Posted on 13th Feb 2018 21:40:49 in famous sufi saints
Rumi was born on the Eastern shores of the then Persian Empire on September 30, 1207, in the city of Balkh in what is now Afghanistan and finally settled in the town of Konya, in what is now Turkey.
Today 3 countries claim him as their national poet Iran, Turkey and Afghanistan. However none of these countries as they are today actually existed back then. Iran was called the Persian Empire, a monarchy, and it was quite larger than it is today. It included all of today's Iran and Afghanistan also parts of Pakistan, Turkmenistan, Tajikistan, Uzbekistan, Turkey and Iraq. Turkey had not yet formed then and Afghanistan was part of the Khorasan Province in the old Persian Empire.
Rumi's life story is full of intrigue and high drama mixed with intense creative outbursts. Rumi was a charming, wealthy nobleman, a genius theologian, law professor and a brilliant but sober scholar, who in his late thirties met a wandering and wild holy man by the name of Shams. In Rumi's own words, after meeting Shams he was transformed from a bookish, sober scholar to an impassioned seeker of universal truth and love.
Sheikh Abdul Qadir Jelani رضي الله عنه was a noted Hanbali preacher, Sufi sheikh and the eponymous founder of the Qadiri Sufi order (selsela). He was born in Ramadan AH 470 (about AD 1077) in the Persian province of Gilan (Iran) south of the Caspian sea. His contribution and renown in the sciences of Sufism and Sharia was so immense that he became known as the spiritual pole of his time, al-Gauth al Azam (the "Supreme Helper" or the "Mightiest Succor"). His writings were similar to those of al-Ghazali in that they dealt with both the fundamentals of Islam and the mystical experience of Sufism.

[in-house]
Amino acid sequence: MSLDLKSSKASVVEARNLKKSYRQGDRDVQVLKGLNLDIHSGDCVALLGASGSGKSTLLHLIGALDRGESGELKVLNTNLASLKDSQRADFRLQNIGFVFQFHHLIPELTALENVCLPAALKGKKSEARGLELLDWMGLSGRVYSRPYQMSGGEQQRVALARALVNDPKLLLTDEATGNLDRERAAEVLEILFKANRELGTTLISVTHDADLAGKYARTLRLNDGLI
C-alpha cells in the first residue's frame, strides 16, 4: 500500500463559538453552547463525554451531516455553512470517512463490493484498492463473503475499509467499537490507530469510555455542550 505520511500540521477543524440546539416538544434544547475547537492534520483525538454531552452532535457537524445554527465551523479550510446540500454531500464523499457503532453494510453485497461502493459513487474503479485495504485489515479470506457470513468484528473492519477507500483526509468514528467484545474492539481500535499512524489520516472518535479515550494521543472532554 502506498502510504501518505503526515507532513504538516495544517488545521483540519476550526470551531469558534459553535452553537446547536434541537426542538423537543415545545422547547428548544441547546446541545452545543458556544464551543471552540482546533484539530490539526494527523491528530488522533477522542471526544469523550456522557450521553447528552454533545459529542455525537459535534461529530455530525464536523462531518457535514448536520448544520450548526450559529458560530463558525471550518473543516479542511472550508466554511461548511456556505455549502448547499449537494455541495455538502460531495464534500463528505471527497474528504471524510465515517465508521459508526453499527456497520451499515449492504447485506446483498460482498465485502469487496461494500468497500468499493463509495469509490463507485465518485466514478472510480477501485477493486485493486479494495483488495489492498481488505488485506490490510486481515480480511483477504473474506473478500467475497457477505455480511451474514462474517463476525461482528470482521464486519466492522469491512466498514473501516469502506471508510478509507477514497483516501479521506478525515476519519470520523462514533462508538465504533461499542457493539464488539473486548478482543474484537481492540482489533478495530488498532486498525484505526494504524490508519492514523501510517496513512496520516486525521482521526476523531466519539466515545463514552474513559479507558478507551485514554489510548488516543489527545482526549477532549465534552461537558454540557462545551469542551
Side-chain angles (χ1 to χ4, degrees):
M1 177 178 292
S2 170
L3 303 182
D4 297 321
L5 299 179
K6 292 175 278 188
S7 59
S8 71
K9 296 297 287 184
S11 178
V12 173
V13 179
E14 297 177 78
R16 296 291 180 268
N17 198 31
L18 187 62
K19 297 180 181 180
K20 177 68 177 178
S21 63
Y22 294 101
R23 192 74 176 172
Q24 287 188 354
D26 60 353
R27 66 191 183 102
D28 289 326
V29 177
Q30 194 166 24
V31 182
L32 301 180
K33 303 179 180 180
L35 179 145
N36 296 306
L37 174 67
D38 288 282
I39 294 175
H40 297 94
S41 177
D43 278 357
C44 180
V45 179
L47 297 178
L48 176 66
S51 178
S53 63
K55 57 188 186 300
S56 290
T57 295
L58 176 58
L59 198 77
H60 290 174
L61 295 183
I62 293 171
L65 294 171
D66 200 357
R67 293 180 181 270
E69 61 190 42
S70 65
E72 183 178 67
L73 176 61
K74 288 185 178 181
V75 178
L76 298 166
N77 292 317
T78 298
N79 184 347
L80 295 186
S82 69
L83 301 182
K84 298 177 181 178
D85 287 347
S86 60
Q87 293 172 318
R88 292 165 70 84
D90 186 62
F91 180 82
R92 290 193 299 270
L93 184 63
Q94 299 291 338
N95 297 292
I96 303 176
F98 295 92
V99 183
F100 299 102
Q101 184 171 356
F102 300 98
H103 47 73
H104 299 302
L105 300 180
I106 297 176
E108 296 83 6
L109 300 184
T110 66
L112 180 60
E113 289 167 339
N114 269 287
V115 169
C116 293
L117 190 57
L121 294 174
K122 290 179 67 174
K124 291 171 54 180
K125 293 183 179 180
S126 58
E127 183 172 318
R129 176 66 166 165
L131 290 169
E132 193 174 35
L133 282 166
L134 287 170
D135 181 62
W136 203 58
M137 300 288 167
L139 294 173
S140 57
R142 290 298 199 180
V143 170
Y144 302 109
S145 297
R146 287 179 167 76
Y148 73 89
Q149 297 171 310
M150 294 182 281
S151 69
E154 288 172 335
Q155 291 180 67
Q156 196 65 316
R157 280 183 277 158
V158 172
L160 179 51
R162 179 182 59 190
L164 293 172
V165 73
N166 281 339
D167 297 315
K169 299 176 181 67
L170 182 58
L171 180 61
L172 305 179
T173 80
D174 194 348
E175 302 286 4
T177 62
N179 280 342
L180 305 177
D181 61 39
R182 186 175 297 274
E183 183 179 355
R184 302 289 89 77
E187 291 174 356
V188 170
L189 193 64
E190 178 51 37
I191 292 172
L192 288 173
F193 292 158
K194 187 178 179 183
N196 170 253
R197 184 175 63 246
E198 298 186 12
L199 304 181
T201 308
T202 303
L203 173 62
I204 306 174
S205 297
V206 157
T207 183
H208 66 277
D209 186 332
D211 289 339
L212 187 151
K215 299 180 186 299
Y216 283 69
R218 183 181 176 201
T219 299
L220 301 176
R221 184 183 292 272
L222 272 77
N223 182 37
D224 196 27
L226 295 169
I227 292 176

Abdul Qadir Jilani رضي الله عنه was a Sufi master and Syed (descendant of the Prophet Muhammad) from both his father and mother. His father Abu Saleh Jangidost رحمتہ اللہ علیہ, was an illustrious and God-fearing man. Once while engrossed in meditation by the bank of a river he saw an apple floating down the river. He picked it up and ate it. It struck to him that he ate the apple without paying for it so he set out in search of the owner, on the bank of the river and at last reached the owner of the apple orchard "Abdullah Somai رحمتہ اللہ علیہ" whom he requested to tell him the price of the apple, Abdullah Somai رضي الله عنه replied that it was an expensive thing. Syed Abu Saleh رحمتہ اللہ علیہ replied that he had not much by way of worldly material but he, could serve him for compensation. Abdullah Somai رحمتہ اللہ علیہ then asked him to work for a year in the orchard. In course of time the duration was extended several times.
Posted on 30th Nov 2017 15:55:27 in famous sufi saints
Among the most venerated Sufis of Kashmir, Shiekh Hamza Makhdoom occupies a conspicuous position. In fact Sheikh Hamza is regarded next to Sheikh Nuruddin Rishi only, who is considered as the leader of the spiritual domain in the state. If Sheikh Nuruddin is revered as Shiekh ul Alam, Shiekh Hamza is remembered as Mehboob ul Alam. Whereas the former is known as Alamdar i Kashmir, the latter is called as Sultan ul Arifeen. The locals as well as the foreigners have regarded these two Sufis as the leading spiritual leaders of the state. It may be of interest to note here that it was most probably the reason that prompted the Afghan governor, Atta Muhammad Khan to mint the coins in the name of these two sons of soil.